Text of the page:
After the Spanish Civil War the construction of La Sagrada Família began again and the church continued to rise slowly. From 1939 to 1940, the architect Francesc de Paula Quintana i Vidal, an associate of Gaudí since 1919, restored the burnt crypt and reconstructed many of the damaged models, which were used to continue the construction according to Gaudí's original idea.
In 1952 the XXXV International Eucharistic Congress was held in Barcelona, and a number of events were organised in the church on that occasion. The same year the Nativity staircase was built and the façade illuminated for the first time; from 1964 it became permanent at the decision of Barcelona Council.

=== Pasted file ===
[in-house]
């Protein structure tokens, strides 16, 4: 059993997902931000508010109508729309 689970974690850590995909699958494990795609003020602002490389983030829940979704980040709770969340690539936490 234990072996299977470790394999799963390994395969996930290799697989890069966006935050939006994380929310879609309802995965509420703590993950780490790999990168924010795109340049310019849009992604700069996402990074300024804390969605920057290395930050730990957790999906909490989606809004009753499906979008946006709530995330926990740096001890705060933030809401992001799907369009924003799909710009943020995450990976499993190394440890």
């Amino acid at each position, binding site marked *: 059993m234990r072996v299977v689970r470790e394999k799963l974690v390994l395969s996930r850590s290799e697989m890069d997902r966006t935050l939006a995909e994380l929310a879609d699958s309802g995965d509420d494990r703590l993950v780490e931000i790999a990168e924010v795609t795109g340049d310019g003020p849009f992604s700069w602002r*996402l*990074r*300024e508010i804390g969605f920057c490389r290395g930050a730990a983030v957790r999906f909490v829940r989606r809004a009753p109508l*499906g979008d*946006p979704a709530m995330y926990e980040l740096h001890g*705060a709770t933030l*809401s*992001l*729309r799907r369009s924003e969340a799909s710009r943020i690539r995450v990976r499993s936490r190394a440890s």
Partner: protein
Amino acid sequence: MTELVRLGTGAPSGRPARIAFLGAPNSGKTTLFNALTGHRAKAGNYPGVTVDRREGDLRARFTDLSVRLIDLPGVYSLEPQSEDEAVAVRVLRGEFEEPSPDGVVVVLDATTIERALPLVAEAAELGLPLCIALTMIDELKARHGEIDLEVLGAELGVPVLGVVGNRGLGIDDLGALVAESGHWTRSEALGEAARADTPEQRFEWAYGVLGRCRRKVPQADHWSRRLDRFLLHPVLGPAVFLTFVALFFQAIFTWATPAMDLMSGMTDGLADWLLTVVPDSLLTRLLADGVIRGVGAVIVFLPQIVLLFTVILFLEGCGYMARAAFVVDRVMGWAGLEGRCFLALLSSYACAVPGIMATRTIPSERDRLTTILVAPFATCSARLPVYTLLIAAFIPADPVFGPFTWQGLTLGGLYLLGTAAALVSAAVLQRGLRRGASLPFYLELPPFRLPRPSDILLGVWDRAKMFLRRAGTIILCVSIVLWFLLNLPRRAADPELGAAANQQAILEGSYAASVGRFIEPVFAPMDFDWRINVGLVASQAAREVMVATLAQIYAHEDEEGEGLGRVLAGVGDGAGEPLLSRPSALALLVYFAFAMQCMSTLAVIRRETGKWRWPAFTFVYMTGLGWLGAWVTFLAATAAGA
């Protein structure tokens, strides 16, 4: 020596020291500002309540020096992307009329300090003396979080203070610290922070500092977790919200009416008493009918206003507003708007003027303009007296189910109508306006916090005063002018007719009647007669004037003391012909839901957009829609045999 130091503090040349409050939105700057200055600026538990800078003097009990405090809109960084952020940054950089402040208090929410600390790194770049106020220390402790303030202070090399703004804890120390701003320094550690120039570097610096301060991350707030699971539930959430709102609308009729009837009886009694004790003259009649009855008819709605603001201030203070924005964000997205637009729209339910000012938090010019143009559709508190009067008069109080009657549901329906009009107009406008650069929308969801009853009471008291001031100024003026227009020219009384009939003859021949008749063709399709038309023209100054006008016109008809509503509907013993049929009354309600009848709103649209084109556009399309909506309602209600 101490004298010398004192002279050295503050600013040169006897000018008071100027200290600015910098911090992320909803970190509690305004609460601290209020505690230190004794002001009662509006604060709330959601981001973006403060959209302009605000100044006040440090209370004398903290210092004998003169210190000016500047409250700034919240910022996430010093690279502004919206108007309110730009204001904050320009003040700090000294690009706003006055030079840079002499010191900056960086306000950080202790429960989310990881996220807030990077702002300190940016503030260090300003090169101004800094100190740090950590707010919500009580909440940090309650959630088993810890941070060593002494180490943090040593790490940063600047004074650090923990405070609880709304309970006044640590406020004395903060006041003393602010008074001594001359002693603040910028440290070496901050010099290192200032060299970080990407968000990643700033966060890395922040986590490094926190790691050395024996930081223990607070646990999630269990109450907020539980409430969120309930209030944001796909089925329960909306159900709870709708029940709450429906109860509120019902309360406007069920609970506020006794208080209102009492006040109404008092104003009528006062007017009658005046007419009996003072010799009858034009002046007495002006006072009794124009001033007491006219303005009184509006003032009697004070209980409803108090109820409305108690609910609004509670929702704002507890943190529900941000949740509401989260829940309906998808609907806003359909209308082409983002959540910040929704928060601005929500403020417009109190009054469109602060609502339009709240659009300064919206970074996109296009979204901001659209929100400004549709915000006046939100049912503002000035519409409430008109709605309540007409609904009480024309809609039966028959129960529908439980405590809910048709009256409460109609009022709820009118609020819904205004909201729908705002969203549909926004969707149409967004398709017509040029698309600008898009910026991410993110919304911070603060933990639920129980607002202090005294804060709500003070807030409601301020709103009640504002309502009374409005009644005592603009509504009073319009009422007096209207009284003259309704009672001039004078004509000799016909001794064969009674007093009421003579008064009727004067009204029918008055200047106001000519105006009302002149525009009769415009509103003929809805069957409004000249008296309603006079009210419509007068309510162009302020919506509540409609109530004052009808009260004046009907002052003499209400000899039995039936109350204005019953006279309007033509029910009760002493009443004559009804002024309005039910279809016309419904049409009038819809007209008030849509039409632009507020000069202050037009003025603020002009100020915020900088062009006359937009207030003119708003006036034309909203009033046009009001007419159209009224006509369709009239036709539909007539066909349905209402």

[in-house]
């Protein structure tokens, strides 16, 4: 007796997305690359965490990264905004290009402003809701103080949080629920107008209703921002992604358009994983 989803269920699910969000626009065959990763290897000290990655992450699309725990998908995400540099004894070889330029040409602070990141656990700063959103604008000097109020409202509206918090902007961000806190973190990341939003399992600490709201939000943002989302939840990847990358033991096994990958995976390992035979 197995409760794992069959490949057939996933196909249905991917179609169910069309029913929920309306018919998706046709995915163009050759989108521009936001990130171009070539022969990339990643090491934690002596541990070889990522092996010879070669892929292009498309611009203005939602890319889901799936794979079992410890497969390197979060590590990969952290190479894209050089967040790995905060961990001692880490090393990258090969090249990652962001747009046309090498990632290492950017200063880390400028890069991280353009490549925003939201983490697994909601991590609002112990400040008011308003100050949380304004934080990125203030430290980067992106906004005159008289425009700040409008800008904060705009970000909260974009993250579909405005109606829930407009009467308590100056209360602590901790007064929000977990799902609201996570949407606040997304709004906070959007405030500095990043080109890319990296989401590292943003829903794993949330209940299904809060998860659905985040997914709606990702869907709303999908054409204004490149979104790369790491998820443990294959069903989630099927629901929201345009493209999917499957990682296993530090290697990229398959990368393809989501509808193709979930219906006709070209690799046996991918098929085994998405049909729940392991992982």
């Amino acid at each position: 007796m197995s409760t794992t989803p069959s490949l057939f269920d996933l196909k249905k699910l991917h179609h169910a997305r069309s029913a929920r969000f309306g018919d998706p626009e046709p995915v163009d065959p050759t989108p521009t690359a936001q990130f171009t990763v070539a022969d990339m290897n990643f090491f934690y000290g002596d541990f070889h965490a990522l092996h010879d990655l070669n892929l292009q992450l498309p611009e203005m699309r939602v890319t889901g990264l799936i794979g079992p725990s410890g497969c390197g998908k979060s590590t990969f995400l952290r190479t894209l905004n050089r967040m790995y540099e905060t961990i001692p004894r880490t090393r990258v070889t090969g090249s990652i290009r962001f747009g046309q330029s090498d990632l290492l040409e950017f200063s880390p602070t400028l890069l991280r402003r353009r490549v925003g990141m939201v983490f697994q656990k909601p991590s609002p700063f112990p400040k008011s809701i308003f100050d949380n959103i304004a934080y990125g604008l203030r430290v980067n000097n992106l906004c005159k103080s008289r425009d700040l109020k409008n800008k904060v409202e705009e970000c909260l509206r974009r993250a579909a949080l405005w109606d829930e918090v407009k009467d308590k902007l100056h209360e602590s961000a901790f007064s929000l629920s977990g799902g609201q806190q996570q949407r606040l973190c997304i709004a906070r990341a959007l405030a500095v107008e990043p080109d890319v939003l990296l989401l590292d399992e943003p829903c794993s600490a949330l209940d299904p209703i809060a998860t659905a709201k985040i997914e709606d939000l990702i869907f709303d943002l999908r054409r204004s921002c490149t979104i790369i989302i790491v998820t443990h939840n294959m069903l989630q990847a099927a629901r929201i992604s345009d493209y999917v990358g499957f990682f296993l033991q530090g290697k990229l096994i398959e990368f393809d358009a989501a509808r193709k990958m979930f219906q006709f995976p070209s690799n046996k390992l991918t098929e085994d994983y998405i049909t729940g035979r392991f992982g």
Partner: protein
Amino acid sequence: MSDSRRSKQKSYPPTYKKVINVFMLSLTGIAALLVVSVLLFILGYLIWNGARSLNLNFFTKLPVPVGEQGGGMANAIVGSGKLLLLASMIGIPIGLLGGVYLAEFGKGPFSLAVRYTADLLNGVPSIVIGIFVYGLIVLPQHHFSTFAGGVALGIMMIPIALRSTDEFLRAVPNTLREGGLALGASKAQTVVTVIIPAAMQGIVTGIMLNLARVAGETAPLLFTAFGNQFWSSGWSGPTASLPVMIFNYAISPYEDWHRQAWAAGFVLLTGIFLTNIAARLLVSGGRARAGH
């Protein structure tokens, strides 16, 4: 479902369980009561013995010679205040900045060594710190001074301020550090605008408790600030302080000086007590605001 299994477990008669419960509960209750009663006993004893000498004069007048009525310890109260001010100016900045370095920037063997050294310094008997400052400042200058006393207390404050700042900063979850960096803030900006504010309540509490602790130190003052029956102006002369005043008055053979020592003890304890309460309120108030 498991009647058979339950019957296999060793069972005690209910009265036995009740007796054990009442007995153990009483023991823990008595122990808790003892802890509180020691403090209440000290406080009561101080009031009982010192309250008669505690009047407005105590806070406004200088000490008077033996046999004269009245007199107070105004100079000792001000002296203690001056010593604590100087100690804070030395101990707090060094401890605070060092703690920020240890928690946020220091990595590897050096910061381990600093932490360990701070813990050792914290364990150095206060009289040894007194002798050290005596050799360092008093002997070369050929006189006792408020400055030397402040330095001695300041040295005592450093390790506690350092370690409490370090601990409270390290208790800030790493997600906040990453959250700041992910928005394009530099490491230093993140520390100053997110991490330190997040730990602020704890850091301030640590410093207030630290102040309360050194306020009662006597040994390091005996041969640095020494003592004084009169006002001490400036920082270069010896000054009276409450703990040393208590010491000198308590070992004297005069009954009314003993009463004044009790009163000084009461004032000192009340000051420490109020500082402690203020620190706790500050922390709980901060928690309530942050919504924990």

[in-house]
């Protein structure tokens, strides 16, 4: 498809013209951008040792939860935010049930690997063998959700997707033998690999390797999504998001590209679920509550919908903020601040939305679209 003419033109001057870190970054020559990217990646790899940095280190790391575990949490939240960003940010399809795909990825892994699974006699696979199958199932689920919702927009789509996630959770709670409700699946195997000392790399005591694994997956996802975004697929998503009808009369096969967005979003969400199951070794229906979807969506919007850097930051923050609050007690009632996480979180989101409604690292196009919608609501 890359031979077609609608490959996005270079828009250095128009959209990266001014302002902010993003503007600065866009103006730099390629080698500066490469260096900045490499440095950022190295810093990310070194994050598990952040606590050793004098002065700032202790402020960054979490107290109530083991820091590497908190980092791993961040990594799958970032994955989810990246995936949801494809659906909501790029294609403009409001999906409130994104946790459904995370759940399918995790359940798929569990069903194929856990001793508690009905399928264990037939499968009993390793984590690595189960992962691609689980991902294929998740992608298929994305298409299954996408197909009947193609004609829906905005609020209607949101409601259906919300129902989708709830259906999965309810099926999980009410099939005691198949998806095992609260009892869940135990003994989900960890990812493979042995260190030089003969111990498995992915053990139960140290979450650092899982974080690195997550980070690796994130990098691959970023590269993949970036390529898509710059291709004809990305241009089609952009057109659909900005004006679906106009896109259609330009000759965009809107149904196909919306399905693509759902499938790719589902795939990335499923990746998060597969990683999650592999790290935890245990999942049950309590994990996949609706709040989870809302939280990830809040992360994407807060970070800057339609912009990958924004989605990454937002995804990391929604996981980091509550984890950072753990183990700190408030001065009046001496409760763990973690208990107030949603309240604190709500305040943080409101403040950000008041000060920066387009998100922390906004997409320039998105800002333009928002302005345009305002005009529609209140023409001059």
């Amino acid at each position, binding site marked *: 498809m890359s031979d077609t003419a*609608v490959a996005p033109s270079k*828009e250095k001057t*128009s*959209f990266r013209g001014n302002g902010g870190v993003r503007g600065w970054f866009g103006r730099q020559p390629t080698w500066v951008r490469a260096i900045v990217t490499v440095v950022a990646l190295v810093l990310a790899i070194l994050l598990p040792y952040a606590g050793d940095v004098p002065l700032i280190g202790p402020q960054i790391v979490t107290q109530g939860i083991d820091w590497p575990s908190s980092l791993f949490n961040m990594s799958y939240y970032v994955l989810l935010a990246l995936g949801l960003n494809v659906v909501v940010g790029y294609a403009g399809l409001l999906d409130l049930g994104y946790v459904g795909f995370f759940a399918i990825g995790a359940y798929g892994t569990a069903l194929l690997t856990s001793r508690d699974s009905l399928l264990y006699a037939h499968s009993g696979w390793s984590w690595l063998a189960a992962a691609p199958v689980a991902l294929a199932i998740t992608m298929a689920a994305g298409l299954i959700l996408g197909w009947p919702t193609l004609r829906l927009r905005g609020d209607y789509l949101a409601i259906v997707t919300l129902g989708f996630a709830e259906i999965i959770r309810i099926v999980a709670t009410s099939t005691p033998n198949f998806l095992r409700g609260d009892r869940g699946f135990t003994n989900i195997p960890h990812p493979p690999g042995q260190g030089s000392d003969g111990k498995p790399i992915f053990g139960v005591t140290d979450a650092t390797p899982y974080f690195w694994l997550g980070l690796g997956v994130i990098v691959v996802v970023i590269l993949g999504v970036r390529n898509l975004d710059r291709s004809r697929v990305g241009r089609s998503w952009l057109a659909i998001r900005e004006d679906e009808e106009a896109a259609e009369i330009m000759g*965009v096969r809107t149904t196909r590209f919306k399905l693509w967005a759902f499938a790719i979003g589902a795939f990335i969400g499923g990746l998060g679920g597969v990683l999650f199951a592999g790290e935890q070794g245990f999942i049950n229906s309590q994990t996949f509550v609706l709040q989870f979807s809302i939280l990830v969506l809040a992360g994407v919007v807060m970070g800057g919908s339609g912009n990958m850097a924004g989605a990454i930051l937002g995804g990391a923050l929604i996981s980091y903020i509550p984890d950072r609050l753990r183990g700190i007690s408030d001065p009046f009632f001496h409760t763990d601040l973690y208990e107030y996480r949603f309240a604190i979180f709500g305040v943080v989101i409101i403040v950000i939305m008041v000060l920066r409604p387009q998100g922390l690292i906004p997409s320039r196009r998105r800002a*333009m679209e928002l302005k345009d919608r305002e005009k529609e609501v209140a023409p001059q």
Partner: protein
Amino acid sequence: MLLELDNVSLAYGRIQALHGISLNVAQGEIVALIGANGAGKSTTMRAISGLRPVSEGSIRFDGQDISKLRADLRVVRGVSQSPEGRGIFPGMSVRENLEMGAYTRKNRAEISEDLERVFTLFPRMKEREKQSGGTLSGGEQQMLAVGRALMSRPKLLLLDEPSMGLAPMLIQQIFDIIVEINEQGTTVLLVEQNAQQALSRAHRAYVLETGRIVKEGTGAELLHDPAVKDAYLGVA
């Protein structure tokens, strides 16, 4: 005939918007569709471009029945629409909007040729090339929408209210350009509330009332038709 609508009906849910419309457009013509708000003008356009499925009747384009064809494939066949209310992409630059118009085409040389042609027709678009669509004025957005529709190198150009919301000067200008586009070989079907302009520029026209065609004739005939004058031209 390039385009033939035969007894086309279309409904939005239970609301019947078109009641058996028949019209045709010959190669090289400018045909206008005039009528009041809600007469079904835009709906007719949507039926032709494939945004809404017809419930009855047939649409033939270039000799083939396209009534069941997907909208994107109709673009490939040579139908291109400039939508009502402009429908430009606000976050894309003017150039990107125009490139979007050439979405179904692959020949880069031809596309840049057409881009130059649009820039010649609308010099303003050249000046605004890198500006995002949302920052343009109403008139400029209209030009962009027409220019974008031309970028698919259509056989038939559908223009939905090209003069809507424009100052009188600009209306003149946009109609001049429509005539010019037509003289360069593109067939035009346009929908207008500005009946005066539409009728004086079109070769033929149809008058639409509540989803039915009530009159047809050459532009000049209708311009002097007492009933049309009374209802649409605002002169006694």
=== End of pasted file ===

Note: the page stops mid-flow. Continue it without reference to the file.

The works continued strongly in 1954, when the foundations of the Passion façade were begun, based on the many studies done by Gaudí between 1892 and 1917. After the foundations came the crypt, where in 1961 a museum was opened to explain to visitors the historical, technical, artistic and symbolic aspects of the church. On that façade the four terminations of the bell towers were erected in 1976; they were finished the following year.
One important date is 1955, when the first "collection" was made, a whole day devoted to collecting funds to pay for the works, an initiative that was maintained in the following years as a way for society to take part in the construction of the church.
On 19 March 1958, the feast of St Joseph, the sculptural group representing the Holy Family, done by Jaume Busquets, was placed on the Nativity façade.
From 1978 the foundations of the nave and the crossing were done and the columns, vaults and façades of the main nave and the transepts were erected.